The Barddas of Iolo Morganwg, Vol. I., ed. by J. Williams Ab Ithel, , at sacred-texts.com
There are seven visible planets, and eight are invisible, except in a long cycle of times, and vast ages. The constellations of the stars are the following--
1. Caer Arianrod,
1. The Circle of Arianrod; 3
p. 404 p. 405
13. Llwyn Blodeuwedd,
13. The Grove of Blodeuwedd;
403:3 p. 402 The daughter of Don, and styled in the Triads (Myv. Arch. ii. 73) one of the three beautiful ladies of the Isle of Britain." This constellation is the p. 403 same with the Corona Borealis. Mentioned in " Hanes Taliesin," Ap. Myv. Arch. i. 19.
403:4 The Lyre.
403:5 The son of Don; one of "the three sublime astronomers of the Isle of Britain." Tr. 89, third Series. The Galaxy.
403:6 The Great Bear.
403:7 The Orion.
403:8 The Pleiades. Mentioned in "Hanes Taliesin," Ap. Myv. Arch. i. 19.
405:1 p. 404 The title of one of Taliesin's poems, Myv. Arch. i. 65.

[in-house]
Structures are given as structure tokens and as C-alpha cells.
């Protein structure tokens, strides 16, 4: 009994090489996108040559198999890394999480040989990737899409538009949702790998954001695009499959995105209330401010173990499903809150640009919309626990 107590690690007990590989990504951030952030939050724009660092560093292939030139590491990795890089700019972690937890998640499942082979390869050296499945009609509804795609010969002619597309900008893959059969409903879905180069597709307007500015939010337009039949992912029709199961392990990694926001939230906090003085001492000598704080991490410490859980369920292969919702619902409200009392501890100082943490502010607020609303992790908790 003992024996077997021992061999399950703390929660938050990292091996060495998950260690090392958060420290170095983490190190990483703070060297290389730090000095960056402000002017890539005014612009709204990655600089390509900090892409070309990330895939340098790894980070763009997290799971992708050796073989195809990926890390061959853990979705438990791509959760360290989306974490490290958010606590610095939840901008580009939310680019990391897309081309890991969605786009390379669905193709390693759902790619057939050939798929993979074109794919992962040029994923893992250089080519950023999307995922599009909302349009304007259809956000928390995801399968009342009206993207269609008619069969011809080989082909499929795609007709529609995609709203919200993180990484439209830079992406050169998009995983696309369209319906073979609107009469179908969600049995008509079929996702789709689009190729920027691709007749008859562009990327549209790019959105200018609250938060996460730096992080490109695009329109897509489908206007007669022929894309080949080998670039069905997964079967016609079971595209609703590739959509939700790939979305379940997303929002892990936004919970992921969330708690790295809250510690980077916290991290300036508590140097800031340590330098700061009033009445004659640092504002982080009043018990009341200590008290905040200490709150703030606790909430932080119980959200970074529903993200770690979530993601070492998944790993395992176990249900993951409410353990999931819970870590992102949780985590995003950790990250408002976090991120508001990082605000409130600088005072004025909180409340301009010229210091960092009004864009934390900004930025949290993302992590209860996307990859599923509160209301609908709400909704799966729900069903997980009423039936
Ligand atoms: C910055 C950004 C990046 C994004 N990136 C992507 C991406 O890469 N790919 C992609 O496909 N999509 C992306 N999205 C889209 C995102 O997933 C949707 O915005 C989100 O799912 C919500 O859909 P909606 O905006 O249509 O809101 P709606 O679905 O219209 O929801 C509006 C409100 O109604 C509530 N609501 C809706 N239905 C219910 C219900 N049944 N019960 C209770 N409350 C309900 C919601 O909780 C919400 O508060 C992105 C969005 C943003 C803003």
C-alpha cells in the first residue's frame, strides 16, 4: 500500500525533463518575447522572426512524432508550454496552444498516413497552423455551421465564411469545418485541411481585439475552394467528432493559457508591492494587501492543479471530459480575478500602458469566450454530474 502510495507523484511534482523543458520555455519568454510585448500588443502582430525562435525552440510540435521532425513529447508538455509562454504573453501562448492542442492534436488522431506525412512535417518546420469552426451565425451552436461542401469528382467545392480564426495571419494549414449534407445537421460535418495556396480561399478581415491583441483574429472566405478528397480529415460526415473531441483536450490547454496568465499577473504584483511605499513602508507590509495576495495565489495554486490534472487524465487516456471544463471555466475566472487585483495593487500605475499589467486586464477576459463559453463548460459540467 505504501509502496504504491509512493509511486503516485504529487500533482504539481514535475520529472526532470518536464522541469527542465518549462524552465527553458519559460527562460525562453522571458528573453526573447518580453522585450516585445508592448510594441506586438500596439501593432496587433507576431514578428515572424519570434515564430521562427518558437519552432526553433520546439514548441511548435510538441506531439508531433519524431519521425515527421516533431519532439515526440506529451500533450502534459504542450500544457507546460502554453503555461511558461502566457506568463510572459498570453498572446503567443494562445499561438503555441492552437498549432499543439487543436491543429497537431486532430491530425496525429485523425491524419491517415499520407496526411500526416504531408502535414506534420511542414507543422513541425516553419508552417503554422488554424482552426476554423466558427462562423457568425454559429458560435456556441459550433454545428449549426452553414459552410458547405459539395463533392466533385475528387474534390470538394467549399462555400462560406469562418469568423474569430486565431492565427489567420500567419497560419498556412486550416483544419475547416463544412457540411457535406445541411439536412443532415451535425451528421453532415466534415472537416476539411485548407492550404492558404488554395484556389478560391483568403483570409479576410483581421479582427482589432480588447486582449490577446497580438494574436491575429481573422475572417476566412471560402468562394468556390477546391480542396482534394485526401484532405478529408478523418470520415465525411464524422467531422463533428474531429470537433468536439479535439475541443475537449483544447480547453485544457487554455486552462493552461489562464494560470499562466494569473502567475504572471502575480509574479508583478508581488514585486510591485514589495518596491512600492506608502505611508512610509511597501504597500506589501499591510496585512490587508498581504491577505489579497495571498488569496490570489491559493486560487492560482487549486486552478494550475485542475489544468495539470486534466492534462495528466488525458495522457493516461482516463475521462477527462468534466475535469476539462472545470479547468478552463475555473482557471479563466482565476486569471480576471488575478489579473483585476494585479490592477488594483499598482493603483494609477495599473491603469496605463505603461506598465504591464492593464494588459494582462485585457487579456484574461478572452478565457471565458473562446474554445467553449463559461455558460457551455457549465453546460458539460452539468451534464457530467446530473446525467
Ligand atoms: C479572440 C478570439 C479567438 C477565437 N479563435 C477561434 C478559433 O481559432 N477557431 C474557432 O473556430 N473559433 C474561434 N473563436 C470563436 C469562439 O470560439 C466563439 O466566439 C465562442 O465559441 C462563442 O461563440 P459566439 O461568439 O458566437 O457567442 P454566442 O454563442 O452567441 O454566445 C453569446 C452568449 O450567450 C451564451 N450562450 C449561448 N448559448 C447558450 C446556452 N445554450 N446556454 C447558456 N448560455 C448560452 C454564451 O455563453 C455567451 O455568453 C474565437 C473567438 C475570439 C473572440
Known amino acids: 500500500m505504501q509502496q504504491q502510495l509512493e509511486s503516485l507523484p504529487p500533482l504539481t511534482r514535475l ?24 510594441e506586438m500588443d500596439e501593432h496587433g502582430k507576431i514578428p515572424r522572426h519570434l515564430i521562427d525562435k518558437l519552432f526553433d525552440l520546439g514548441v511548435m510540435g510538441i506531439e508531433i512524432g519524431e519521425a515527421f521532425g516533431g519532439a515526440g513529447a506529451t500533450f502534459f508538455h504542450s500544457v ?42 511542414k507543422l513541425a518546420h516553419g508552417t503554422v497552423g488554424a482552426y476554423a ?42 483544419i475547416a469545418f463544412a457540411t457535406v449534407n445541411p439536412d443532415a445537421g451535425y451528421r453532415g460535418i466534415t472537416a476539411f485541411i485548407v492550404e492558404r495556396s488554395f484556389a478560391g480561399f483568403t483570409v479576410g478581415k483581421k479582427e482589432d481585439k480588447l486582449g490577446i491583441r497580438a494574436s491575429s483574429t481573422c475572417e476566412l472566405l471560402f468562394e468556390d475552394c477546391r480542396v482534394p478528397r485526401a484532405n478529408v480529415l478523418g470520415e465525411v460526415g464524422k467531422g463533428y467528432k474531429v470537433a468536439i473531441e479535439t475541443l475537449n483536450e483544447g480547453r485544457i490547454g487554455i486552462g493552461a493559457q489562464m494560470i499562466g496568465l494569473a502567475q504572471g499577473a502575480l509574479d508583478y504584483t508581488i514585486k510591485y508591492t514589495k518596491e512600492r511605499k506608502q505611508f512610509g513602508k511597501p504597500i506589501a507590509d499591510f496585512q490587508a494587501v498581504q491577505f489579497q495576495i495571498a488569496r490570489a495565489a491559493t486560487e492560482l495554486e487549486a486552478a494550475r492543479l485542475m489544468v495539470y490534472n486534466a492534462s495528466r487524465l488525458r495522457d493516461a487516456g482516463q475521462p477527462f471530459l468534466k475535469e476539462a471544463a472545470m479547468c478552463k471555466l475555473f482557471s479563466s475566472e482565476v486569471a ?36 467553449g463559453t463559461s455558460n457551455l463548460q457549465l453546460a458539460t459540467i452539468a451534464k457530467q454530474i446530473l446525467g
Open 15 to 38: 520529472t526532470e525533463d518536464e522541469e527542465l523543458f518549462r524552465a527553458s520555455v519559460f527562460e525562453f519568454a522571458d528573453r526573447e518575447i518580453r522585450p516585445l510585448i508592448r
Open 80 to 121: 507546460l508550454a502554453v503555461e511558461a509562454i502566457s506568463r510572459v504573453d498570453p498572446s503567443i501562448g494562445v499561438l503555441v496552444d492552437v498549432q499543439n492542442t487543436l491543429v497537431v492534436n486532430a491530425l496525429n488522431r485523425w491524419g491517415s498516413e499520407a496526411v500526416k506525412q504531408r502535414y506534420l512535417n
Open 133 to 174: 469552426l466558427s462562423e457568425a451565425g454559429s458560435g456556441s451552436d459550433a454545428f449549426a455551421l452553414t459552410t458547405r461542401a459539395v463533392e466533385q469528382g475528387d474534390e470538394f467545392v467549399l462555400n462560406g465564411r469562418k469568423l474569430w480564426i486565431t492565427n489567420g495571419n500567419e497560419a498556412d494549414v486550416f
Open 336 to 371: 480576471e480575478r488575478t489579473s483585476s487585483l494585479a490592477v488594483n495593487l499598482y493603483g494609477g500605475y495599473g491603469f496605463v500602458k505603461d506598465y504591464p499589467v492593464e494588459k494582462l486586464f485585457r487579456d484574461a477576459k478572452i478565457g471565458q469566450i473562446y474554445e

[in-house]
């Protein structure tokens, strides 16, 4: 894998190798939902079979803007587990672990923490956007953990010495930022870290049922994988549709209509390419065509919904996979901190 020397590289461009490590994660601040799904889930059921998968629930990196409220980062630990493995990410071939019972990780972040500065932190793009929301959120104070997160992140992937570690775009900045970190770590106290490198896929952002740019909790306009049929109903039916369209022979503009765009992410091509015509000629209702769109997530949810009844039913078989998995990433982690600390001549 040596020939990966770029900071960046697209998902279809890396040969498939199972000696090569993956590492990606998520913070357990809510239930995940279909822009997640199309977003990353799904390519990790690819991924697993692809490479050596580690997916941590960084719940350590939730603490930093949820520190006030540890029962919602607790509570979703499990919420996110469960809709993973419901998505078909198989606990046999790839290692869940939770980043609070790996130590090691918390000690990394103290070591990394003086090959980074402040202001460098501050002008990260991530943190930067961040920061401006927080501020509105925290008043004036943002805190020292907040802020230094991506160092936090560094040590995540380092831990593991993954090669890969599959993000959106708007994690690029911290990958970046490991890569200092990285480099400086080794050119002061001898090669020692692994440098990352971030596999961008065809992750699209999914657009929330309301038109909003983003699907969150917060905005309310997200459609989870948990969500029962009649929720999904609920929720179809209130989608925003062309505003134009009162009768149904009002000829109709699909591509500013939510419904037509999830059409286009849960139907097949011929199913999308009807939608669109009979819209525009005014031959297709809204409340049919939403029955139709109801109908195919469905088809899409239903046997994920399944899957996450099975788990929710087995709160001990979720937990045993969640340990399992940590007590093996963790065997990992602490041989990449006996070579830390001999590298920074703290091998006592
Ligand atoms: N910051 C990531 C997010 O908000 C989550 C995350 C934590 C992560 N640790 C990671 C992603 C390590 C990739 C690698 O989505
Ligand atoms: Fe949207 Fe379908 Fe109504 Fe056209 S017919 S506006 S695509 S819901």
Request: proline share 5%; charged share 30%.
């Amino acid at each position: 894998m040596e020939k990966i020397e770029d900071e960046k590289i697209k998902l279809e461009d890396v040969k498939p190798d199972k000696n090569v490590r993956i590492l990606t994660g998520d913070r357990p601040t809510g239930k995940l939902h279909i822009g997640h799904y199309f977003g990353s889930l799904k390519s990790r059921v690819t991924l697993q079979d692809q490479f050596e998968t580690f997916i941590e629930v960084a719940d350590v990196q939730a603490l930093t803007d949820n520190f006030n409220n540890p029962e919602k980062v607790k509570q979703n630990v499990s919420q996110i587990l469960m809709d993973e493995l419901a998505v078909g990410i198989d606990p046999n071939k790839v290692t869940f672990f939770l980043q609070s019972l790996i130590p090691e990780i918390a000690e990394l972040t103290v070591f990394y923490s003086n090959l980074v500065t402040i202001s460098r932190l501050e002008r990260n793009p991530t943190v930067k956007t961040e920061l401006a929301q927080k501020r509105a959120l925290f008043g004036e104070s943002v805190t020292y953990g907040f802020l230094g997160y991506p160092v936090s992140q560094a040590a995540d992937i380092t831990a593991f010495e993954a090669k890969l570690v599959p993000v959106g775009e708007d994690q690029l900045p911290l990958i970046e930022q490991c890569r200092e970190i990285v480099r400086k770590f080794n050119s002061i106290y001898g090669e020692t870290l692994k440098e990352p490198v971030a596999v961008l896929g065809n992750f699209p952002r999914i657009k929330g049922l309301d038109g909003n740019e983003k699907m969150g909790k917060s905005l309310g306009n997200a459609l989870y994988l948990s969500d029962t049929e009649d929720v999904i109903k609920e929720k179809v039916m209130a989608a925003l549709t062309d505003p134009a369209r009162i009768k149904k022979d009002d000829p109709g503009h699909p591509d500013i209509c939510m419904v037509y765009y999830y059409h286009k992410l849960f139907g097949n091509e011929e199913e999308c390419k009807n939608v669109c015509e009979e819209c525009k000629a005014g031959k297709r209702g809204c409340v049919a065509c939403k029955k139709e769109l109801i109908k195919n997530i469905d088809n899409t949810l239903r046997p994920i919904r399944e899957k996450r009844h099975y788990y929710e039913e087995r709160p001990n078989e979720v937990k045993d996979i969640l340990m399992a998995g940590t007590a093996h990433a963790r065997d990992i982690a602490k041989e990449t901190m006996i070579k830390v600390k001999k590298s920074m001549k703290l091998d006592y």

405:2 The zodiac, or ecliptic. Mentioned in "Hanes Taliesin."
405:3 Styled in the Triads as one of "the three monarch bulls." Tr. 73; third Series.
405:4 There was a king of Britain of this name, who flourished from B.C. 859 to 839. He founded Bath.
405:5 Mentioned in "Hanes Taliesin."
405:6 The Twins.
405:7 The son of Bleiddyd--the celebrated king Lear of Shakespeare.
405:8 Elfin is said to have first discovered Taliesin, in a leathern bag, fastened to one of the poles of a weir. He is frequently mentioned by the Bard.
405:9 p. 405 A distinguished character in Welsh Romance.